Posts Tagged ‘hungary’

Hungarian and American Viewpoints on Asylum

June 23, 2009

Meeting with Dr. “Steven” Ordog, the Hungarian Deputy Minister of Immigration, it was fascinating to hear him speak about his country’s reformation of their border patrol, their struggle with integration, and his hopes to make asylum issues more of an important subject in public discourse. [CAT Report]

When Hungary joined the E.U. in 2004, they began the process of dissembling their elite border patrol and transitioning this role to the regular police.  In Hungary, as with many eastern European countries, the Border Patrol had been the crème de la crème, outfitted with the best technology, public acclaim, and pay.  With their new permeable border, Hungary changed its border enforcement to the regular police, much to the dismay of those who had appreciated their power in these much sought-after positions. [For more information, visit: http://europa.eu/abc/european_countries/eu_members/hungary/index_en.htm]

As Dr. Ordog spoke of the problems with the Border Patrols’ treatment of some Somalis and other minorities, it was hauntingly close to home. In his country, these “protectors of the border” were trained to use whatever force necessary and sometimes abused this power, particularly against asylum-seekers.  In Hungary, once asylum-seekers report their asylum claim to the office of immigration, they are protected until the resolution of that claim.  Some members of the Hungarian Border Patrol, however, would patrol the grounds outside this office, picking up asylum-seekers mere meters away from the front door of safety. The Border Patrol praised such action for a time, as it considerably boosted their number of apprehensions and public image.

In the United States, the reverse is true creating similarly perverse incentives.  If an asylum-seeker shows up at a border crossing or a port of entry and asks for asylum, that individual is whisked away to a detention center until their asylum petition is either granted or denied.  This creates the incentive for asylum-seekers to enter the U.S. and keep their asylum petition secret until they have done the requisite research.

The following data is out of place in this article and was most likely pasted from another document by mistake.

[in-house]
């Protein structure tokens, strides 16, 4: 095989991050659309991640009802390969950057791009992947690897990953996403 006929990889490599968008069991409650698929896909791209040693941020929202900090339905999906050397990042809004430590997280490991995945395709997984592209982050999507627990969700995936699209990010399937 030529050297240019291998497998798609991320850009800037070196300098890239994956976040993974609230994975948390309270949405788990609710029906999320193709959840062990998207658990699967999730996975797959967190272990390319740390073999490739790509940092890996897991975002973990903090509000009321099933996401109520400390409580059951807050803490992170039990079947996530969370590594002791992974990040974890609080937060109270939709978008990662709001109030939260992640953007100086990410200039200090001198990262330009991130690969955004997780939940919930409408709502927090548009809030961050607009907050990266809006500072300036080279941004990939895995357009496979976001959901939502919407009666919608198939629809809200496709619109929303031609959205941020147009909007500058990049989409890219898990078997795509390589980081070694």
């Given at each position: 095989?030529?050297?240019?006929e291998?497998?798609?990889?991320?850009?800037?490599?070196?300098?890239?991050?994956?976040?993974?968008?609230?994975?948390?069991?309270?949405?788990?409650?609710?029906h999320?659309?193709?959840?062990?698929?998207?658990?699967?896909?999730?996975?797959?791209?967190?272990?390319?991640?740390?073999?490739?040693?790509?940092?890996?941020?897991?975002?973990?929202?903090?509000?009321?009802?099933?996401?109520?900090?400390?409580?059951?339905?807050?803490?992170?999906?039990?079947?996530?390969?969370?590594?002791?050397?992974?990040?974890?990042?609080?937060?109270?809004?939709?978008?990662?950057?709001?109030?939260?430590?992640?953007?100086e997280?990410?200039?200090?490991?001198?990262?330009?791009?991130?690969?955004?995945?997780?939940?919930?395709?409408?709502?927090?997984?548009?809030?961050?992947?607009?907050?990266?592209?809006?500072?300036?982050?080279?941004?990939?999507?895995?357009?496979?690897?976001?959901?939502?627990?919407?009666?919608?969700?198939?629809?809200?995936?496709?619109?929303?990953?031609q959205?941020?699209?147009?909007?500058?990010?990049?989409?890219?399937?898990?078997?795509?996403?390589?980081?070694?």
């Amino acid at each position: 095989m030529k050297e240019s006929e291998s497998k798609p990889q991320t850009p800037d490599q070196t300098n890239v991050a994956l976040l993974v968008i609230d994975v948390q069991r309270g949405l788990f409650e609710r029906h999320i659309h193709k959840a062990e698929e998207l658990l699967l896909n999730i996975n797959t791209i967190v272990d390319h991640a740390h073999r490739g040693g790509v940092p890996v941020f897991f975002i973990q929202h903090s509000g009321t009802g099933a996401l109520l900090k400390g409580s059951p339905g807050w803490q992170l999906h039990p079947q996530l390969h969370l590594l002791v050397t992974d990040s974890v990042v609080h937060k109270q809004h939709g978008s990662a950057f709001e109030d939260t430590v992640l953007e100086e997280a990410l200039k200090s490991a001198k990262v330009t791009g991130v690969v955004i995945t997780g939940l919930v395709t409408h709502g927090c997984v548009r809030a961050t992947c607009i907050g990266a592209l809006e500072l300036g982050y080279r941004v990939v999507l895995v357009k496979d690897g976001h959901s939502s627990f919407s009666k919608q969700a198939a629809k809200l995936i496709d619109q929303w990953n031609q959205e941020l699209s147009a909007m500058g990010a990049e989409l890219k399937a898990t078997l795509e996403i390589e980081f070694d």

Dr. Ordog also spoke about Hungary’s struggle to integrate the Somali and Iraqi refugees in his country.  Traditionally, these resettled refugees have viewed Hungary as a gateway country en route to Scandinavia or other European economies.  As a result, integration services were minimal because these migrants were expected to leave soon.

Ordog worries that insufficient integration mechanisms for the growing number who have decided to stay could spell trouble for Hungary’s future.  Hungary is still largely a native-born, white population, and minorities will undoubtedly struggle to get jobs, learn Hungarian, and find housing.  Racial discrimination is rampant and not explicitly illegal. House showings can turn into racial profiling, and job interviews might turn into status quo screenings.  Although the current number of immigrants to Hungary is scant, Ordog worries that they are ill-prepared for any increase in immigration

As Dr. Ordog spoke, the themes of integration, nativism, and fear of outsiders all rang loud and clear.  Though America certainly deals with more immigrants annually, it is similarly confronted with the quality of its welcome.

Immigration in all its Designs

May 4, 2008